Submitted by Glenn Sutter on Wed, 2011-03-16 10:29
Earth Hour 2011- A Suzuki Birthday Bash!
Saturday, March 26, 2011, show 8:00pm
The Artesian on 13th, Regina
SaskMusic is pleased to support this upcoming evening of rich, original folk-rock in support of Earth Hour, David Suzuki’s 75th birthday, and the Universal Music iTunes release of the CBC Radio 3/David Suzuki Playlist for the Planet. The concert will take place on Saturday, March 26, 2011 at The Artesian on 13th in Regina and will feature four Regina singer/songwriters; Glenn Sutter, David j. Taylor, Rebecca Lascue, and Michael Paul. The event will also feature special internet appearances by David Suzuki (via videotape) and his daughter Severn Cullis-Suzuki (via skype).
Glenn Sutter is a Saskatchewan ecologist and educator who writes and plays kick-ass folk-rock. Drawing on deep prairie roots, he uses thoughtful lyrics and moving guitar and piano melodies to express ideas about nature, love, and the human condition. Glenn’s song “Weight of the World” was selected as the official Saskatchewan song on the CBC Radio 3/David Suzuki Playlist for the Planet.
David j. Taylor is an award-winning record producer/engineer/mixer. He won "Producer of the Year" - 2007 Western Canadian Music Awards and was again nominated for the award in 2008. David’s most recent project is a collaborative album and SXSW Showcase with the trio Semko Fontaine and Taylor.
Rebecca Lascue and Michael Paul have been playing together for the past year as they both work on their psychology degrees. They combine elegant songwriting with creative harmonies and instrumentations.
Earth Hour is a yearly global event that draws attention to global warming and the need to conserve energy. Join us in reflection and celebration as the world goes dark! Half the proceeds from this event will be donated to the David Suzuki Foundation.
Also supported by the Saskatchewan Outdoor and Environmental Education Association and the David Suzuki Foundation.
Tickets are $15 each ($10 for students) and will be available at the door.
For more information please contact Glenn Sutter at 306.787.2859 or 306.522.7670.
Submitted by Glenn Sutter on Mon, 2011-01-24 10:38
The next Earthcast is all about Sustainability Education and Training, including the need for curriculum work in higher education. Click here for details and to register.
Submitted by Glenn Sutter on Mon, 2010-11-22 10:13
IDRC event and live webcast — A conversation with David Waltner-Toews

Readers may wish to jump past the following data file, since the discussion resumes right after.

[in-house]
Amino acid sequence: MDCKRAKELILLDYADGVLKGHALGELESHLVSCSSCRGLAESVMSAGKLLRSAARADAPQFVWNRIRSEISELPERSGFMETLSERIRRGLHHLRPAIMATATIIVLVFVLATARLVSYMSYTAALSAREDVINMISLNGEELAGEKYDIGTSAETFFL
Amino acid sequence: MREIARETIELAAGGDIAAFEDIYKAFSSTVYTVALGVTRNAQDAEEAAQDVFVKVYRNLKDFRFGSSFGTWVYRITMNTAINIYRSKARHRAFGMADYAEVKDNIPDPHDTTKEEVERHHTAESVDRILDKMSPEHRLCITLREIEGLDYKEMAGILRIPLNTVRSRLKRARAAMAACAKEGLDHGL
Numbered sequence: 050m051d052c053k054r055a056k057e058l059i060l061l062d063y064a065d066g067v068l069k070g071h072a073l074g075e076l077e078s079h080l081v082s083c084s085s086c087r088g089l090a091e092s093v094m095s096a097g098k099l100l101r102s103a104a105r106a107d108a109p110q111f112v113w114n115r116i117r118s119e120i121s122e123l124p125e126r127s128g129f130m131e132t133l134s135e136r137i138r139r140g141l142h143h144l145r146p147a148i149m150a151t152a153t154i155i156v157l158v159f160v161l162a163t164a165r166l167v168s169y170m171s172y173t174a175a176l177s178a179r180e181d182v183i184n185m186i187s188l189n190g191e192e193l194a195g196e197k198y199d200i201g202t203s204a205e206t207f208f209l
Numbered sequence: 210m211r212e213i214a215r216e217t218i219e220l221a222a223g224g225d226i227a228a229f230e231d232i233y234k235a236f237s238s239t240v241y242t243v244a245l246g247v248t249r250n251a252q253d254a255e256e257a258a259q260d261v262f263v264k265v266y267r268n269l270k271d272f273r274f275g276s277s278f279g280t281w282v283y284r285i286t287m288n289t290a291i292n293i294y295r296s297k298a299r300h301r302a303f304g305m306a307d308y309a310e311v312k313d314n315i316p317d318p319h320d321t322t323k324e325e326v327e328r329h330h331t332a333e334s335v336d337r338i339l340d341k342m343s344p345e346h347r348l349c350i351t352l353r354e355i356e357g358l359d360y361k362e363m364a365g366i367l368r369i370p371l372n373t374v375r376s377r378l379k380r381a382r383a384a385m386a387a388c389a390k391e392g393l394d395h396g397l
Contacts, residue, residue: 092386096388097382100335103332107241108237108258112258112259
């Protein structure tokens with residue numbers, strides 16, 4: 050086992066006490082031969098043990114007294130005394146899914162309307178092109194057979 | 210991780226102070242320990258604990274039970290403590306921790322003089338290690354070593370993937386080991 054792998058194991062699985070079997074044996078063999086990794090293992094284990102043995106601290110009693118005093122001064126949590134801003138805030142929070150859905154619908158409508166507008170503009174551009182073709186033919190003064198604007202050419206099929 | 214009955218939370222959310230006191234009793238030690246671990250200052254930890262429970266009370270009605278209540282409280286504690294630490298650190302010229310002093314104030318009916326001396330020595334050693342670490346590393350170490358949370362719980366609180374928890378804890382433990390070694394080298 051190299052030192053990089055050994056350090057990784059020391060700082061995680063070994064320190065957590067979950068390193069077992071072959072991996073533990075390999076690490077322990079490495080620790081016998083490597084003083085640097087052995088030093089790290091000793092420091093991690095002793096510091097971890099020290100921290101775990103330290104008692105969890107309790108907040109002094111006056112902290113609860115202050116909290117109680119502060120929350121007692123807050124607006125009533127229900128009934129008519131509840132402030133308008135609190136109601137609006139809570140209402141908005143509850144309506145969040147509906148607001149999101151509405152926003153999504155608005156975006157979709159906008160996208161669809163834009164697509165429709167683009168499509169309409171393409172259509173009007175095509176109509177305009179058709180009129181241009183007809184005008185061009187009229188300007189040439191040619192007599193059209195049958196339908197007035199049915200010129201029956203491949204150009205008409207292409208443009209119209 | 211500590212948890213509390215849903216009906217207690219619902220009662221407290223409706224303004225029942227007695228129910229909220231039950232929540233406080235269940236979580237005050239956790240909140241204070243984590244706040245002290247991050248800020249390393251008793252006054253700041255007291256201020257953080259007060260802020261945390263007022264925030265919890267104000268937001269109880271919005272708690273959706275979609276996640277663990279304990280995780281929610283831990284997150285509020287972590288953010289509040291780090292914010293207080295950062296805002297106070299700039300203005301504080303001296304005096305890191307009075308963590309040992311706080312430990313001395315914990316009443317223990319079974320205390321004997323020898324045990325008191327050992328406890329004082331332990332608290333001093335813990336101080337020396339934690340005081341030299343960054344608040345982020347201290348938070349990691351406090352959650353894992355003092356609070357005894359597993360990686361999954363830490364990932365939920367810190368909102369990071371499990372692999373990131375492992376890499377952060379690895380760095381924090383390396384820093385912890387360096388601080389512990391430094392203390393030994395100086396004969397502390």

Ecohealth in a complex world: policy’s holy grail?
Parasites in Nepal. Mercury poisoning in the Amazon. Malnutrition in the Himalayan highlands. Rabies in Bali. Food security everywhere. The world seems to be tumbling out of control, diseases old and new appear and re-appear, and the old technical and political agendas seem powerless – and lack the economic resources - to respond effectively. Just as fever, diarrhea and respiratory distress are not separate problems to be solved, but expressions of a body in distress, health outcomes are symptoms of interactions among social, economic, and ecological changes. If seen this way, they can be understood and managed effectively and economically.
This is the premise, and the promise, of ecosystem approaches to health — ecohealth – which integrates science, culture and politics, and links research, action and policy-making. Using complex, systemic thinking and collaborations of a wide variety of researchers, policy makers, and local residents, ecohealth creates the kind of resilient communities where people can achieve physical, mental and social well-being, and not merely the absence of disease or infirmity.
Pre-eminent ecohealth researcher David Waltner-Toews will be at the International Development Research Centre (IDRC) to engage in conversation with Jean Lebel, Director of IDRC’s Agriculture and Environment program, about how ecohealth research provides a rich multidisciplinary understanding of the complex factors affecting human health.
Waltner-Toews will also discuss how the use of ecohealth approaches can lead to better policies and practices across a variety of issues — from agriculture and environmental sustainability to social equity, nutrition, and local democracy.
When: Wednesday, November 24, 2010, 2 p.m. to 3:30 p.m.Where: IDRC, W. David Hopper Room, 150 Kent Street, 8th floor, Ottawa, ON
David Waltner-Toews is founding president of Veterinarians without Borders and the Network for Ecosystem Sustainability and Health. A professor at the University of Guelph, his research expertise includes emerging diseases, ecohealth, and epidemiology. He has collaborated on research and teaching in Africa, Latin America, and Asia.
His publications include Ecosystem Sustainability and Health: A Practical Approach; Integrated Assessment of Health and Sustainability of Agroecosytems; and the popular science book Food, Sex and Salmonella: Why our Food is Making us Sick.
Waltner-Toews recently received the inaugural award for Outstanding Contributions to the Field of Ecohealth from the International Association for Ecology and Health.
The conversation with David Waltner-Toews is part of IDRC’s Speakers of Renown series, being held throughout 2010 to mark the Centre’s 40th anniversary.
The event is free but seating is limited, so PLEASE REGISTER.
French and English simultaneous interpretation will be available.
The event will be webcast live. Questions may be submitted during the talk to www.idrc.ca/events-toews and will be answered as time permits. No need to register to join the webcast.